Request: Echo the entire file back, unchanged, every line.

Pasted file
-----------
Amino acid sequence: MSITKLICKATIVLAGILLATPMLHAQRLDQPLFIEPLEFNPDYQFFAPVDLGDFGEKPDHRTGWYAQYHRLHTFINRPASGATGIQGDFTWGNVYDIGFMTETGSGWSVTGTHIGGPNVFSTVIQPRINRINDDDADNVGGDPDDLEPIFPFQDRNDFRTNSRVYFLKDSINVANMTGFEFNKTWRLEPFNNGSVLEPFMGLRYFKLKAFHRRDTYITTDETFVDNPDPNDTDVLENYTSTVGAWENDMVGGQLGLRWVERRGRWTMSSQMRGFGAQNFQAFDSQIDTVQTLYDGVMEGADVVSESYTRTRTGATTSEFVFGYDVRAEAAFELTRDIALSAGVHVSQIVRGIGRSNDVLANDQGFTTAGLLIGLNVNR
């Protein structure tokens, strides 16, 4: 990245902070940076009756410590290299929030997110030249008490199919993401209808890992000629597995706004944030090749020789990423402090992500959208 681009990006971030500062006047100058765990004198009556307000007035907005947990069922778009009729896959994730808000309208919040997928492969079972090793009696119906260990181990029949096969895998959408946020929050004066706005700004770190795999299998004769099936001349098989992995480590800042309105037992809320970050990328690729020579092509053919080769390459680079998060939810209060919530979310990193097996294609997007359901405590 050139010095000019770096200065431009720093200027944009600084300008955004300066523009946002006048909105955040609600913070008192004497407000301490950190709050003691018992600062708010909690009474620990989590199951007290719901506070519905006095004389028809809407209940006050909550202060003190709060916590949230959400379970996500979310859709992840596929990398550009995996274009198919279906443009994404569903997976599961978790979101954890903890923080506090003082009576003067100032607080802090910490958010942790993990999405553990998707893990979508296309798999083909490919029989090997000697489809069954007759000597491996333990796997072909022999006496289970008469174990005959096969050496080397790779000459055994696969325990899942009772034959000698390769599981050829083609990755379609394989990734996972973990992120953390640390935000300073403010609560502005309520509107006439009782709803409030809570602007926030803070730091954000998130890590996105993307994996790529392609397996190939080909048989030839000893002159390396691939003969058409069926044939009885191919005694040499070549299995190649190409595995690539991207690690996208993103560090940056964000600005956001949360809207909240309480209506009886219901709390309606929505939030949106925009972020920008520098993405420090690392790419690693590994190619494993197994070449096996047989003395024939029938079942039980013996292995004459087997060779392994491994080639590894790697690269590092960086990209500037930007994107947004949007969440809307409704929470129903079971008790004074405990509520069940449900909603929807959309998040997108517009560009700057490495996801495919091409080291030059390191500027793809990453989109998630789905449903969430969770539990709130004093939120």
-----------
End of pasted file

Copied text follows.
Amino acid sequence: MSITKLICKATIVLAGILLATPMLHAQRLDQPLFIEPLEFNPDYQFFAPVDLGDFGEKPDHRTGWYAQYHRLHTFINRPASGATGIQGDFTWGNVYDIGFMTETGSGWSVTGTHIGGPNVFSTVIQPRINRINDDDADNVGGDPDDLEPIFPFQDRNDFRTNSRVYFLKDSINVANMTGFEFNKTWRLEPFNNGSVLEPFMGLRYFKLKAFHRRDTYITTDETFVDNPDPNDTDVLENYTSTVGAWENDMVGGQLGLRWVERRGRWTMSSQMRGFGAQNFQAFDSQIDTVQTLYDGVMEGADVVSESYTRTRTGATTSEFVFGYDVRAEAAFELTRDIALSAGVHVSQIVRGIGRSNDVLANDQGFTTAGLLIGLNVNR
């Protein structure tokens, strides 16, 4: 990245902070940076009756410590290299929030997110030249008490199919993401209808890992000629597995706004944030090749020789990423402090992500959208 681009990006971030500062006047100058765990004198009556307000007035907005947990069922778009009729896959994730808000309208919040997928492969079972090793009696119906260990181990029949096969895998959408946020929050004066706005700004770190795999299998004769099936001349098989992995480590800042309105037992809320970050990328690729020579092509053919080769390459680079998060939810209060919530979310990193097996294609997007359901405590 050139010095000019770096200065431009720093200027944009600084300008955004300066523009946002006048909105955040609600913070008192004497407000301490950190709050003691018992600062708010909690009474620990989590199951007290719901506070519905006095004389028809809407209940006050909550202060003190709060916590949230959400379970996500979310859709992840596929990398550009995996274009198919279906443009994404569903997976599961978790979101954890903890923080506090003082009576003067100032607080802090910490958010942790993990999405553990998707893990979508296309798999083909490919029989090997000697489809069954007759000597491996333990796997072909022999006496289970008469174990005959096969050496080397790779000459055994696969325990899942009772034959000698390769599981050829083609990755379609394989990734996972973990992120953390640390935000300073403010609560502005309520509107006439009782709803409030809570602007926030803070730091954000998130890590996105993307994996790529392609397996190939080909048989030839000893002159390396691939003969058409069926044939009885191919005694040499070549299995190649190409595995690539991207690690996208993103560090940056964000600005956001949360809207909240309480209506009886219901709390309606929505939030949106925009972020920008520098993405420090690392790419690693590994190619494993197994070449096996047989003395024939029938079942039980013996292995004459087997060779392994491994080639590894790697690269590092960086990209500037930007994107947004949007969440809307409704929470129903079971008790004074405990509520069940449900909603929807959309998040997108517009560009700057490495996801495919091409080291030059390191500027793809990453989109998630789905449903969430969770539990709130004093939120």